A California federal court ruled Wednesday that measures taken by senior living providers to protect residents from Covid-19 are eligible for complete liability immunity under the Public Readiness and Emergency Preparedness (PREP) Act.
“The California federal court ruling is significant for the industry which has done everything in its power to protect staff and residents since the onset of the COVID-19 pandemic,” American Seniors Housing Association (ASHA) President David Schless stated.
The U.S. District Court, Central District of California granted a motion from Sunrise Senior Living and Welltower (NYSE: WELL) to dismiss claims from the plaintiffs of elder abuse and neglect, wrongful death and intentional infliction of emotional distress for failing to keep residents safe, and for not following Centers for Disease Control and Prevention (CDC), state and local public health guidance to prevent the spread of Covid-19 in Sunrise Villa Bradford, an assisted living community in Placentia, California.
The lawsuit, filed last November, accuses Sunrise and Welltower of various shortcomings, such as maintaining insufficient supplies of personal protective equipment, providing inadequate visitation and group dining policies, and relaxed mitigation protocols after a staff member tested positive for Covid-19.
The plaintiffs, Paul, Ronald and Gary Garcia, filed the suit on behalf of their father, Gilbert, who contracted Covid-19 last June and died less than a month later, the Orange County Register reports. They argued that the PREP Act did not apply because it “does not provide immunity to medical providers for negligence claims ‘unrelated to vaccine administration and use’,” and that the Covid countermeasures covered by the Act do not include “policies, procedures, protocols, or guidelines.”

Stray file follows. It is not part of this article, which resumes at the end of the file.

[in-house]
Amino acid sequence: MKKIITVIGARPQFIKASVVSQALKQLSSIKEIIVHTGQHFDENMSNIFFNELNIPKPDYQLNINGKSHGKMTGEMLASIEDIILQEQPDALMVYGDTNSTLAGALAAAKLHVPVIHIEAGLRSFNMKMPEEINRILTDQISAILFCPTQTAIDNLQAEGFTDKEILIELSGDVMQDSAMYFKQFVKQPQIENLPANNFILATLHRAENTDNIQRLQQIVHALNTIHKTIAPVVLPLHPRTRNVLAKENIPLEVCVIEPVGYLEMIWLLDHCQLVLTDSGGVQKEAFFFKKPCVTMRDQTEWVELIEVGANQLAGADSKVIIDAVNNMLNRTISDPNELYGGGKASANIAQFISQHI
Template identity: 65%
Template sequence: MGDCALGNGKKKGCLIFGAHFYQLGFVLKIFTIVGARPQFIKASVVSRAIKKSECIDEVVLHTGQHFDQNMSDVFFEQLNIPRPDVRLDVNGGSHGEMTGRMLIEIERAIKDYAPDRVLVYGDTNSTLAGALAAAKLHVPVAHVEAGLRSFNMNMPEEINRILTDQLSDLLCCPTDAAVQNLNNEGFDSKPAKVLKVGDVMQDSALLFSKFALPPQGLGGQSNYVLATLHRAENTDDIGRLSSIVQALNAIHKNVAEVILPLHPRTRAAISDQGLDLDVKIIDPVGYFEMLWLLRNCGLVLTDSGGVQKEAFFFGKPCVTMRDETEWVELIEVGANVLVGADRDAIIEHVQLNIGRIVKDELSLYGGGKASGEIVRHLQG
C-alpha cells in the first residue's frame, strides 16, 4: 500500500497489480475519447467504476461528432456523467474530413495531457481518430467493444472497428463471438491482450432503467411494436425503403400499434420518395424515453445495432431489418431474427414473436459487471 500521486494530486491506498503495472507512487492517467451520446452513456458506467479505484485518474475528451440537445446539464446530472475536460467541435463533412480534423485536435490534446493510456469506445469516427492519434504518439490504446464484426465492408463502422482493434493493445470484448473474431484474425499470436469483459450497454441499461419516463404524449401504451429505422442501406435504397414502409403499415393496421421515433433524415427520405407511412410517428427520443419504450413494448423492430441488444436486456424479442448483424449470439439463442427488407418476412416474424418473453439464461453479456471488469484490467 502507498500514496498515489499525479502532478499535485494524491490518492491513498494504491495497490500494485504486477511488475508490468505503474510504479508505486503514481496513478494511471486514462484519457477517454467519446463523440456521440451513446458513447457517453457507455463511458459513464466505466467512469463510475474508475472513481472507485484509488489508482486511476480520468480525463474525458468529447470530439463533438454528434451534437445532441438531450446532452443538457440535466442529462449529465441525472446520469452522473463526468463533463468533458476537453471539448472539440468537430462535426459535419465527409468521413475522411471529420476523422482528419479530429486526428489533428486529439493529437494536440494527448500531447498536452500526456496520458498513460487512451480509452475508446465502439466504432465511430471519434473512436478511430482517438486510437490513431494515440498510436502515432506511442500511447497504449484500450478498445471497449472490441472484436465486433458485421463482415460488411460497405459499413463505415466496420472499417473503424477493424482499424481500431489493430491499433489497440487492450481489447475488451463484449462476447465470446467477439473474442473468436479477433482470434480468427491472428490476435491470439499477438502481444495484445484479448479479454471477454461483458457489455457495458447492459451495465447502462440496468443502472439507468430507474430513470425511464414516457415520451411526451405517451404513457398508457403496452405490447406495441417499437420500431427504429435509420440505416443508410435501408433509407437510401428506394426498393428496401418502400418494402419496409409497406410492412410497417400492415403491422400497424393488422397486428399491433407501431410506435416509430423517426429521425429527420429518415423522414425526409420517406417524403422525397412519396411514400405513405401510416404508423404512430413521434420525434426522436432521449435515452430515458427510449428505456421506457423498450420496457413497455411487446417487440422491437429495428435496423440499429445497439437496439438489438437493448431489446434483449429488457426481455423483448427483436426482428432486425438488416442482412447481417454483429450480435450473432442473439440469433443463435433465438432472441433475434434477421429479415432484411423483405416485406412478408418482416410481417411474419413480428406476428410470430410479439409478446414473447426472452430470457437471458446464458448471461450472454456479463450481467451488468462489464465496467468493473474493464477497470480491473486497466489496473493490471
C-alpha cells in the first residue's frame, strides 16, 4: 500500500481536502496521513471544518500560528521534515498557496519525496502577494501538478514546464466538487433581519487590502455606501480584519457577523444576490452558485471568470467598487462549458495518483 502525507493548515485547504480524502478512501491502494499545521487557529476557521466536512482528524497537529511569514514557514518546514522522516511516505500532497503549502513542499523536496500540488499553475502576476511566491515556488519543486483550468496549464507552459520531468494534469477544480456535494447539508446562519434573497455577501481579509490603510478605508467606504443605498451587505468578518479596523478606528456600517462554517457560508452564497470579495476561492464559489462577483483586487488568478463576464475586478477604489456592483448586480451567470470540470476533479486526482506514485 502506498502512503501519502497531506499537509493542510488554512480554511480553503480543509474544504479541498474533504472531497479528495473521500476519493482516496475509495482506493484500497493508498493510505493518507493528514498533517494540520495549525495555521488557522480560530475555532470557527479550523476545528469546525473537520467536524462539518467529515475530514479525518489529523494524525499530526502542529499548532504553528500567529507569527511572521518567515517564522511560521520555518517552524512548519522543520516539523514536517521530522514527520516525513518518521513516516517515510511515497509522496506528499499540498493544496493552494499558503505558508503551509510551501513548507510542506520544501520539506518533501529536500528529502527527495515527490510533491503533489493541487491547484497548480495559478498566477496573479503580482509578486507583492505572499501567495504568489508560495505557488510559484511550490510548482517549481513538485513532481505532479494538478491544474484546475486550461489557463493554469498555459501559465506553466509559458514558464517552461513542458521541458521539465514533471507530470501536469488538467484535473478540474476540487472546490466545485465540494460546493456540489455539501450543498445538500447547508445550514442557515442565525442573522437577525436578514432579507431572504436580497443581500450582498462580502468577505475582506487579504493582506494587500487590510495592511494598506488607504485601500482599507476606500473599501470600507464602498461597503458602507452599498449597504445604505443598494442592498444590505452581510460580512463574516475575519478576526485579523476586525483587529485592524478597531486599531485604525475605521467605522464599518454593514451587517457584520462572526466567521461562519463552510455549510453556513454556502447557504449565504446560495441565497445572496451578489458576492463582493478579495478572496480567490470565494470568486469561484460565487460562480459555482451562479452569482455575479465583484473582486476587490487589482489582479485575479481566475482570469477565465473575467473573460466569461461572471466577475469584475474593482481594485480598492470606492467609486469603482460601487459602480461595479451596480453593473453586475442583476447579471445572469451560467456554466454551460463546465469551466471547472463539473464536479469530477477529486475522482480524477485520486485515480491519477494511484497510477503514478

The court, relying on two Department of Health and Human Services Office of General Counsel opinions, ruled that Sunrise and Welltower’s actions were covered by the PREP Act and, therefore, qualified for complete immunity.
Industry groups associated with long-term care and senior living have lobbied Congress throughout the pandemic for immunity from liability lawsuits stemming from Covid-19, arguing that the the unprecedented nature of the pandemic has placed undue strains on operations and bottom lines, all while communities work to maintain high quality levels of care and safety for residents.
Senior advocacy groups and other legal experts contend that immunity for providers is an overreach, leaving families of residents will little legal recourse to hold operators accountable for cases of legitimate neglect and abuse.
“While complete failure to implement Covid countermeasures is not
protected by the PREP Act, this decision makes it clear that, even if Covid
countermeasures — such as infection control, PPE use, limitations on
visitation and gatherings, resident and employee testing, and similar
policies and procedures — are alleged to have been improperly devised and implemented, they nevertheless are afforded complete immunity under the PREP Act,” attorney Paul Gordon, a partner at HansonBridgett, wrote in a summary of the case from his firm and ASHA.